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A Student's Manual for Scripture Use
Author: Edna Headland

Pastors who have studied in a language other than their mother tongue can have difficulty using the local language Scriptures. When they preach, they sometimes borrow words from the language in which they studied, rather than thinking about the word that will communicate best in their local language.

For this reason Bible Institutes, seminaries and churches should encourage those who study the Bible to use the translation in their own language and investigate how important terms were translated.

On completing this 43 lesson course, a speaker with the Scriptures in their own language will be able to:

  • identify how key terms in their language are translated;
  • use the terms when they teach or preach;
  • better understand the doctrine based on or related to the key term;
  • attach greater value to the Scriptures in their language since they know that there are appropriate ways to communicate key terms in their own language and that it may change according to the context;
  • use the Scriptures with more confidence and motivate other people in their ethnic group to do so.

The course is also available in Spanish and Portuguese.  [more...]

A brief introduction to mobile ministry and its place in world missions
Author: Keith Williams
Published by: Mobile Ministry Forum

An exciting growth area for Scripture Engagement practitioners is working out how mobile phones can be used around the world to encourage the use of the Scriptures.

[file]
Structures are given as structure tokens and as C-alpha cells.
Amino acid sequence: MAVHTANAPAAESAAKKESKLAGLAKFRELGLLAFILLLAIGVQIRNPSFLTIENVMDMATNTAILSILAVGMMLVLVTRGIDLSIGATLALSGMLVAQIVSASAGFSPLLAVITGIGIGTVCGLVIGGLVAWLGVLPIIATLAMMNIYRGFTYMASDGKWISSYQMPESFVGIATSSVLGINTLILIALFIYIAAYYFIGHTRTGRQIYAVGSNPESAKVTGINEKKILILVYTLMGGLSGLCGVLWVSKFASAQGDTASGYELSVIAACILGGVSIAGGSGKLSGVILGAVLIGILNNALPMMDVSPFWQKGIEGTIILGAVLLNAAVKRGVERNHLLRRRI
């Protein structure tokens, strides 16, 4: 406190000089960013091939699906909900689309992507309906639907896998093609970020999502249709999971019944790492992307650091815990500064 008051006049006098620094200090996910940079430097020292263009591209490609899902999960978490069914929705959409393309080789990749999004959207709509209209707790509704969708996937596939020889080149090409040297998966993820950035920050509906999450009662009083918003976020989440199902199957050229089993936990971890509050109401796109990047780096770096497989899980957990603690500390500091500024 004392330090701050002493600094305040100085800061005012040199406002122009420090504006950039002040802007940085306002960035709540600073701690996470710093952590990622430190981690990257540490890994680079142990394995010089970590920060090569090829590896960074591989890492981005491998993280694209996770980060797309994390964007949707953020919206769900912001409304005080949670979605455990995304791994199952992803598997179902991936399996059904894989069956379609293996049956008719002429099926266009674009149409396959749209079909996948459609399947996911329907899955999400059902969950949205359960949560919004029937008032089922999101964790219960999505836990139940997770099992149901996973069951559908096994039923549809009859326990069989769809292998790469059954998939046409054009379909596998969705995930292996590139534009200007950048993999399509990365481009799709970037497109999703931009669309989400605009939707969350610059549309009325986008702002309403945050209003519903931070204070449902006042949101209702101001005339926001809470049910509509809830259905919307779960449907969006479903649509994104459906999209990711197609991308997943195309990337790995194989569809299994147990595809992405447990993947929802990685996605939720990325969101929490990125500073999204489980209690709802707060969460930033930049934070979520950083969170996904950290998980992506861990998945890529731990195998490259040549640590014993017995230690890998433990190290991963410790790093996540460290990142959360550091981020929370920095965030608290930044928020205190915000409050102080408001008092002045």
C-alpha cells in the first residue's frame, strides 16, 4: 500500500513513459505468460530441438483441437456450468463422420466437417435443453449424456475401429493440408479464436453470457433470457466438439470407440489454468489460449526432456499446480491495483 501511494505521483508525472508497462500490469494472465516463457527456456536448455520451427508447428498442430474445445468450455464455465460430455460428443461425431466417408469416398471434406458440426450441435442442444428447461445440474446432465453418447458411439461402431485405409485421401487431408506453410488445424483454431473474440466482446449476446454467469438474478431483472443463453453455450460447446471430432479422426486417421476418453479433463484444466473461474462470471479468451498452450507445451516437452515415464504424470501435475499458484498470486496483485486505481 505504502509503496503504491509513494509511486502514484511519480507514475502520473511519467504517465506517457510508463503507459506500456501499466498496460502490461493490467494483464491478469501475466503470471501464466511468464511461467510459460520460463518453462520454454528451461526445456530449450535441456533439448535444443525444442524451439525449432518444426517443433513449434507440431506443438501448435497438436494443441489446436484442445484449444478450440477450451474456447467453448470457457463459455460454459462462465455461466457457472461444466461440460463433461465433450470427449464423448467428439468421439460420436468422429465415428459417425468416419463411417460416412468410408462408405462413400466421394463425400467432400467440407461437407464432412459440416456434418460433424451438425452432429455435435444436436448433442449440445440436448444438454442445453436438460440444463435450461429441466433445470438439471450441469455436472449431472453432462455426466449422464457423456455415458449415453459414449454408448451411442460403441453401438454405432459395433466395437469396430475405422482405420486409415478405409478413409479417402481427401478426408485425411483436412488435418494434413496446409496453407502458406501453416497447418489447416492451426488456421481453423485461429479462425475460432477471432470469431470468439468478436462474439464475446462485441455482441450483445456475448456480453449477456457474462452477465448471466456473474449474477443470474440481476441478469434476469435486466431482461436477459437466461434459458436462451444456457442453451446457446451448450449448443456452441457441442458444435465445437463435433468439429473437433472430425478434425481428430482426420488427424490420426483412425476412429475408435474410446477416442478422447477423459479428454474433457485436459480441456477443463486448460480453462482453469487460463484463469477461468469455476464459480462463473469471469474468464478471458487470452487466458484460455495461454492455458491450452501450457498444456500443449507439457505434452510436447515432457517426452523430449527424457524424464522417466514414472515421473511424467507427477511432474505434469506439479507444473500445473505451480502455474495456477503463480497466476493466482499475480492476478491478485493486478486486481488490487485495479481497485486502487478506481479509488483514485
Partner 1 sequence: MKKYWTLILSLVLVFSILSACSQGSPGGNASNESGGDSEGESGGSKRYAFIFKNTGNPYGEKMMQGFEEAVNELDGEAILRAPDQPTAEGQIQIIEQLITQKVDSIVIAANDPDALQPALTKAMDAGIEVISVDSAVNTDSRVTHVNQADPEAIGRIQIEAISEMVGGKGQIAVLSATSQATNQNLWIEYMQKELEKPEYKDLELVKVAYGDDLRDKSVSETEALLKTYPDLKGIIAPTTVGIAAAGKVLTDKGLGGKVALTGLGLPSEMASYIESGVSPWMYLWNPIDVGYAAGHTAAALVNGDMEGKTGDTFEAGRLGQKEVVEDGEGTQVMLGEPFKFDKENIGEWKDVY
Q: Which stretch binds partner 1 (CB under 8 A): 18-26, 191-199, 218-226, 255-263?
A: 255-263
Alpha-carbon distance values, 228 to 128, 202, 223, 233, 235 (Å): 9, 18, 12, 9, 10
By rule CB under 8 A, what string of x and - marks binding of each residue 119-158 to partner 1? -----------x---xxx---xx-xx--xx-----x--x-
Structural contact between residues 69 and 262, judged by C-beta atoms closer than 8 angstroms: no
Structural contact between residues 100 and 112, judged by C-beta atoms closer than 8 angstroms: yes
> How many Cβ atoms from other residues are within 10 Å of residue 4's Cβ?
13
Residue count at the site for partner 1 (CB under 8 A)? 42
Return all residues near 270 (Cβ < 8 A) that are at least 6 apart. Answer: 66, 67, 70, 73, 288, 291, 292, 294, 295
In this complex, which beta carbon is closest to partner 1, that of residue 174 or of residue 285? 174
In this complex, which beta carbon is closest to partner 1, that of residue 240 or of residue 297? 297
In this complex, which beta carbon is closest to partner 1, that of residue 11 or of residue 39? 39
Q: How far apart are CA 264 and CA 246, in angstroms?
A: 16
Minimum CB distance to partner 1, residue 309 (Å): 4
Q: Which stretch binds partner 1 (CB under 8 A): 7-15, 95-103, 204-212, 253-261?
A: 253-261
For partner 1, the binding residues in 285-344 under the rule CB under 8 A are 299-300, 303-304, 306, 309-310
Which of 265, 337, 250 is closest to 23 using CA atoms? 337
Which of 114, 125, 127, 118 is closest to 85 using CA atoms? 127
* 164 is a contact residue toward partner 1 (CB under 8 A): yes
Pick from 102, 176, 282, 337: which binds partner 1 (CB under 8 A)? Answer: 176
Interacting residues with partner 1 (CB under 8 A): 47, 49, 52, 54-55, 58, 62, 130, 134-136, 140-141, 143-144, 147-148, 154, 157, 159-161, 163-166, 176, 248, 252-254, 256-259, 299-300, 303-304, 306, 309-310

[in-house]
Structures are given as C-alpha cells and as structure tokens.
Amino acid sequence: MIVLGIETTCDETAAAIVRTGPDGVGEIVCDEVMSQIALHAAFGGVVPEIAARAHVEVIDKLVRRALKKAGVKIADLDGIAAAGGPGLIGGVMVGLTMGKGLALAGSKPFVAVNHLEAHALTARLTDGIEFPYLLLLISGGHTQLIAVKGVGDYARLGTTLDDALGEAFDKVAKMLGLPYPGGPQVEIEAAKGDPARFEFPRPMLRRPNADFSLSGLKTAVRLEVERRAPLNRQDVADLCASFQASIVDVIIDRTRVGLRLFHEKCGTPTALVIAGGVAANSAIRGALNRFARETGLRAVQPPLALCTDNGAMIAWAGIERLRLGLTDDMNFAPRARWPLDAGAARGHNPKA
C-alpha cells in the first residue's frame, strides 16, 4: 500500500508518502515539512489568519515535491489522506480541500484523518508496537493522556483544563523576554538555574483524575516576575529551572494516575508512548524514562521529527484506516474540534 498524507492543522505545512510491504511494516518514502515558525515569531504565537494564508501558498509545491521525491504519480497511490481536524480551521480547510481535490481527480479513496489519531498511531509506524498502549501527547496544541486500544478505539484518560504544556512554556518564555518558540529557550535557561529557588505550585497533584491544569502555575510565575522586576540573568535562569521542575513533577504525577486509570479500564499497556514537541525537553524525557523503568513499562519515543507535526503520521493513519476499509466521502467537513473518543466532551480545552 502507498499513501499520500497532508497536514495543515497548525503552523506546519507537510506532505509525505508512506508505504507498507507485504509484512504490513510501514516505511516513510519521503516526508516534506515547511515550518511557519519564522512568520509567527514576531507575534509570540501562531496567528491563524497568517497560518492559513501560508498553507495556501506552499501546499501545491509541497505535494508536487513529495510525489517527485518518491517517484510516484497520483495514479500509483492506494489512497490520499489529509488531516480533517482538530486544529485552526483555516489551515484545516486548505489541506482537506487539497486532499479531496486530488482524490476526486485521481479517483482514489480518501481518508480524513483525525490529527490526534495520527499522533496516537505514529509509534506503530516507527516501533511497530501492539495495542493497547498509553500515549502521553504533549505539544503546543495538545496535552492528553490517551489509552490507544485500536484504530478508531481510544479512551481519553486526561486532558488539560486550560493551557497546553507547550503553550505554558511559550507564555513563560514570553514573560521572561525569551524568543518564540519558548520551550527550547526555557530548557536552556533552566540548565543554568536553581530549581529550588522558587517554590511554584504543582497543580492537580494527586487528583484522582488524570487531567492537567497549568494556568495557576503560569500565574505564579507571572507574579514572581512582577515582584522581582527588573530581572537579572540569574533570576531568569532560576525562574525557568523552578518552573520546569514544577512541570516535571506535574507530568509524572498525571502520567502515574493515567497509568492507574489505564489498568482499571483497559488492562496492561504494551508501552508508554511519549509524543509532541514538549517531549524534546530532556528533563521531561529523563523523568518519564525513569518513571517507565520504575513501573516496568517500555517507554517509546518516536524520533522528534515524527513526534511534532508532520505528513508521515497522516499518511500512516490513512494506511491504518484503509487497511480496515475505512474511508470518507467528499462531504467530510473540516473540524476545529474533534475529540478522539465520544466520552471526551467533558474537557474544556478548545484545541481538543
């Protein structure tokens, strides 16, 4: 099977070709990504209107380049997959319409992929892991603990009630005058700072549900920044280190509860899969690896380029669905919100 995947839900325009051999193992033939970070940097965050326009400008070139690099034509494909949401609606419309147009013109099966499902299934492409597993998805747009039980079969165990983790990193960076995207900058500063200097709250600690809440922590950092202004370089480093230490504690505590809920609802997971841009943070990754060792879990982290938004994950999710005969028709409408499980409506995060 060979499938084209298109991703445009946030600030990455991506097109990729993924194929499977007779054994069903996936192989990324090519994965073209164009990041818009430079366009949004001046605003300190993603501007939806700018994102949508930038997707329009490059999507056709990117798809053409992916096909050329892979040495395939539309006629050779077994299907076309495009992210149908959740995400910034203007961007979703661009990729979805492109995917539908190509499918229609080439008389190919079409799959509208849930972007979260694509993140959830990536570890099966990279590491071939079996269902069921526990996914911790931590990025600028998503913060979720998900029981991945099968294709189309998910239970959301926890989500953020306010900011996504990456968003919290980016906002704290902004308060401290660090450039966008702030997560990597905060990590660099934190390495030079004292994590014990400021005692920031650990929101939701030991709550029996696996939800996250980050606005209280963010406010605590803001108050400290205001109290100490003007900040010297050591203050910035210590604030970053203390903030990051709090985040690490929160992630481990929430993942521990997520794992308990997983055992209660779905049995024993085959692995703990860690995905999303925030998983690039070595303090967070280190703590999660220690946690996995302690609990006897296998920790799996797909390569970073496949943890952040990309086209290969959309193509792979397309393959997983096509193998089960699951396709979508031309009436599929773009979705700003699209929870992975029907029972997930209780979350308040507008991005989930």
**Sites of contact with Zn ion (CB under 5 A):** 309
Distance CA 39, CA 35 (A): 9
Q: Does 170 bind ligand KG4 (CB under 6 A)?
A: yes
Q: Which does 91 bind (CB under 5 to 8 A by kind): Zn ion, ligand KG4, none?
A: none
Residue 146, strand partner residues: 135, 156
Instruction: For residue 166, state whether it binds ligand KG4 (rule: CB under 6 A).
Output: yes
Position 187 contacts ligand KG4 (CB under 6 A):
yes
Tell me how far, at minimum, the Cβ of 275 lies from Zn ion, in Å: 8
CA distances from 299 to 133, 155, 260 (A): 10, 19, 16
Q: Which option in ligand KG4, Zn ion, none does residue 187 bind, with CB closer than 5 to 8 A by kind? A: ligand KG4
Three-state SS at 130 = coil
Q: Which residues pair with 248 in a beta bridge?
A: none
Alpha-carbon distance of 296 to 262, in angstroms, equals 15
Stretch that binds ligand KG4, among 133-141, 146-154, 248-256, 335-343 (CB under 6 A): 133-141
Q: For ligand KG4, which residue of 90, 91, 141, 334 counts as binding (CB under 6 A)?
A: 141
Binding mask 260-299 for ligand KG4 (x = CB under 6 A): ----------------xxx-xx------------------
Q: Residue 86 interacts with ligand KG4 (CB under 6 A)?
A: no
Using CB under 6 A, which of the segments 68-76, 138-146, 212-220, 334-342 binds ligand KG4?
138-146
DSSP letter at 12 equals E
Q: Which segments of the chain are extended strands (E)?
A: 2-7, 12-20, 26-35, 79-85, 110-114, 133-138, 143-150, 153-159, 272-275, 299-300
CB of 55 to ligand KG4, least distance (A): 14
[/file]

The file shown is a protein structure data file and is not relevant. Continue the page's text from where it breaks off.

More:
This 5-minute video presents an introduction to the possibilities of mobile ministry:  [more...]

Author: Daniel Hames
Published by: UCCF Theology Network

"In the same way that skipping breakfast is more of a missed opportunity than a morally dubious choice; not going to the scriptures for nourishment is not a matter of calling down the anger of God, but of omitting to take advantage of his good gifts to his children."

Daniel Hames writes this article to encourage Christian students to read the Scriptures. We are presented with three reasons why we might give up on reading the Bible: (1) You don't have time; (2) You think the Bible is about you; (3) You think your Bible reading is for God’s benefit.

The author doesn't want us to see Bible reading as a burden, but to recognise that the Bible "has been given to us to help us know and love Christ", that our Father "is generous and loving, and loves to communicate with us" and that "the Spirit has inspired the scriptures so that they bring life, joy, and fullness to the Christian walk."  [more...]

Author: Bill Mitchell
Published by: Edinburgh 2010 Conference

"In UBS thinking Scripture Engagement is a concept that emphasises making the Bible discoverable, accessible and relevant, that includes both making the Bible recoverable and discoverable as Sacred Scripture, and making Scriptures accessible as a place of life enhancing and life transforming encounter."

Bill Mitchell describes some of the challenges faced by United Bible Societies in the twenty-first century.

Globalisation and new technology challenge churches and Bible Societies "to intentionally engage the new culture, to express the faith in new media forms. Making the Word of God accessible on the Internet, as opposed to making it possible to access the standard text of the Bible via the Internet, requires understanding and use of a new 'media language'."

Bible Society strategies have needed to change around the world, moving from "dealing with Bible needs to developing mission strategies", moving from "distribution targets to engagement and encounter, from biblical illiteracy to transformational change, and from sales strategies to shared communication."

The article concludes with five examples of Scripture engagement from Latin America and the UK, to "illustrate the creative implementation and localisation of global mission strategies".